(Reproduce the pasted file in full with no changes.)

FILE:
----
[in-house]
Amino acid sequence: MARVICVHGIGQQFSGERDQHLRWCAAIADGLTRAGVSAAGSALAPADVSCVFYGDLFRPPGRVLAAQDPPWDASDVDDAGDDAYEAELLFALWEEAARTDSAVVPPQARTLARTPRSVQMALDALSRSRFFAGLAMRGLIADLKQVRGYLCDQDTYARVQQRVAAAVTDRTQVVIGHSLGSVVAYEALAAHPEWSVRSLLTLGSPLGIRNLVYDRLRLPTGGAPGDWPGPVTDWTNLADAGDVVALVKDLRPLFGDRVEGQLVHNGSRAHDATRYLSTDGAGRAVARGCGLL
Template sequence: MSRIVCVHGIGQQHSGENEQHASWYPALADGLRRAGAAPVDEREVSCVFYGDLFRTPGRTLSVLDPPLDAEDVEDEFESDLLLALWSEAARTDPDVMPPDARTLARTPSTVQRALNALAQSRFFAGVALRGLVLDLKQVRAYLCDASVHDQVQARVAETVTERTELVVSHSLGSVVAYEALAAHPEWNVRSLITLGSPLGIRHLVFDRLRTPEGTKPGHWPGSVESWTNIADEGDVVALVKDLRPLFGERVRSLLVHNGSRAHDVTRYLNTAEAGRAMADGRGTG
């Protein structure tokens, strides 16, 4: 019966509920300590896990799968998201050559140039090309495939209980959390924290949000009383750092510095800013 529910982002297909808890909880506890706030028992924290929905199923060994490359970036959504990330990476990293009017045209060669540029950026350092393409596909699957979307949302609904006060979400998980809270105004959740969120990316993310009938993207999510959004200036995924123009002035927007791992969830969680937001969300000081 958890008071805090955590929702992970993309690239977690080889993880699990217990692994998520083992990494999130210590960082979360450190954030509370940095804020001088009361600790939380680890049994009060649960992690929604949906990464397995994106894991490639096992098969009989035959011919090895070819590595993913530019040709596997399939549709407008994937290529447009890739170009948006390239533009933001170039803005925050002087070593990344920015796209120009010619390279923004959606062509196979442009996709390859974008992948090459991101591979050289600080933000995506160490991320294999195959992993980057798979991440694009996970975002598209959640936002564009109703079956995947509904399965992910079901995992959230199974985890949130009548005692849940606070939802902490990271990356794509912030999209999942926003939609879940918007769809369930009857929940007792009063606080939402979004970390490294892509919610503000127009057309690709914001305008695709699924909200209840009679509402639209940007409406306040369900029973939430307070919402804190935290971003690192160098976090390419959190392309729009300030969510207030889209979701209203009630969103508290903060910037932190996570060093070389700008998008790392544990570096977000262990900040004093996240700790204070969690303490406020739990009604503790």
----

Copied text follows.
[in-house]
Amino acid sequence: MARVICVHGIGQQFSGERDQHLRWCAAIADGLTRAGVSAAGSALAPADVSCVFYGDLFRPPGRVLAAQDPPWDASDVDDAGDDAYEAELLFALWEEAARTDSAVVPPQARTLARTPRSVQMALDALSRSRFFAGLAMRGLIADLKQVRGYLCDQDTYARVQQRVAAAVTDRTQVVIGHSLGSVVAYEALAAHPEWSVRSLLTLGSPLGIRNLVYDRLRLPTGGAPGDWPGPVTDWTNLADAGDVVALVKDLRPLFGDRVEGQLVHNGSRAHDATRYLSTDGAGRAVARGCGLL
Template sequence: MSRIVCVHGIGQQHSGENEQHASWYPALADGLRRAGAAPVDEREVSCVFYGDLFRTPGRTLSVLDPPLDAEDVEDEFESDLLLALWSEAARTDPDVMPPDARTLARTPSTVQRALNALAQSRFFAGVALRGLVLDLKQVRAYLCDASVHDQVQARVAETVTERTELVVSHSLGSVVAYEALAAHPEWNVRSLITLGSPLGIRHLVFDRLRTPEGTKPGHWPGSVESWTNIADEGDVVALVKDLRPLFGERVRSLLVHNGSRAHDVTRYLNTAEAGRAMADGRGTG
């Protein structure tokens, strides 16, 4: 019966509920300590896990799968998201050559140039090309495939209980959390924290949000009383750092510095800013 529910982002297909808890909880506890706030028992924290929905199923060994490359970036959504990330990476990293009017045209060669540029950026350092393409596909699957979307949302609904006060979400998980809270105004959740969120990316993310009938993207999510959004200036995924123009002035927007791992969830969680937001969300000081 958890008071805090955590929702992970993309690239977690080889993880699990217990692994998520083992990494999130210590960082979360450190954030509370940095804020001088009361600790939380680890049994009060649960992690929604949906990464397995994106894991490639096992098969009989035959011919090895070819590595993913530019040709596997399939549709407008994937290529447009890739170009948006390239533009933001170039803005925050002087070593990344920015796209120009010619390279923004959606062509196979442009996709390859974008992948090459991101591979050289600080933000995506160490991320294999195959992993980057798979991440694009996970975002598209959640936002564009109703079956995947509904399965992910079901995992959230199974985890949130009548005692849940606070939802902490990271990356794509912030999209999942926003939609879940918007769809369930009857929940007792009063606080939402979004970390490294892509919610503000127009057309690709914001305008695709699924909200209840009679509402639209940007409406306040369900029973939430307070919402804190935290971003690192160098976090390419959190392309729009300030969510207030889209979701209203009630969103508290903060910037932190996570060093070389700008998008790392544990570096977000262990900040004093996240700790204070969690303490406020739990009604503790």